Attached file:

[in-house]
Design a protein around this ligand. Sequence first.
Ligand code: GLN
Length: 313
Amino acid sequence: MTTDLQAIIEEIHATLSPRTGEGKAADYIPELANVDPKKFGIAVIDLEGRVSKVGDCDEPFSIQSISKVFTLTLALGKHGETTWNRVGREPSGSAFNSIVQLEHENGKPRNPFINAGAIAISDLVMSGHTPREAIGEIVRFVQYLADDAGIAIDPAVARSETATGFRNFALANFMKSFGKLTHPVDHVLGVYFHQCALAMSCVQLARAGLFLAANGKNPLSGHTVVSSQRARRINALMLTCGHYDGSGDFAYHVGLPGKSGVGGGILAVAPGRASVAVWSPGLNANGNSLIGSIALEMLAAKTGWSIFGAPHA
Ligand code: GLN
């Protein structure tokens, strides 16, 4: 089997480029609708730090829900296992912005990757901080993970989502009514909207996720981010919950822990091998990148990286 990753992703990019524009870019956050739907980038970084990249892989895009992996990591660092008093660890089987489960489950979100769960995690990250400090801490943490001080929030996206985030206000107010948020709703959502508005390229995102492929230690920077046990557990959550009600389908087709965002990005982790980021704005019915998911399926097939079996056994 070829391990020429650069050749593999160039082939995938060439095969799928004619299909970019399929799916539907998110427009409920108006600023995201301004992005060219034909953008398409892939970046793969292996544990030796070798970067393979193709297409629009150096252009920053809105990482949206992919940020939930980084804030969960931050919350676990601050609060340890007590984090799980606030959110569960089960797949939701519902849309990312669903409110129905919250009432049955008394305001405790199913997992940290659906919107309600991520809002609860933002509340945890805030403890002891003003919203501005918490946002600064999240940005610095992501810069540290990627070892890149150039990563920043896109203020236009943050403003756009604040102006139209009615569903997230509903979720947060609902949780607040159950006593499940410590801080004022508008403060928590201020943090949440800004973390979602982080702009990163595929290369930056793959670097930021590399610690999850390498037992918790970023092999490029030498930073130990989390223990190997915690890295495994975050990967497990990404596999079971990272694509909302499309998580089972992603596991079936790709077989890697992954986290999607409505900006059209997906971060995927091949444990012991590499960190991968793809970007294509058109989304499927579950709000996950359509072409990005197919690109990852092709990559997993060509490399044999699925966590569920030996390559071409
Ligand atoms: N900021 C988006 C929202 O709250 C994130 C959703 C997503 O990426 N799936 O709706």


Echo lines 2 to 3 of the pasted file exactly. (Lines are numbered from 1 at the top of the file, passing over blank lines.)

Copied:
Design a protein around this ligand. Sequence first.
Ligand code: GLN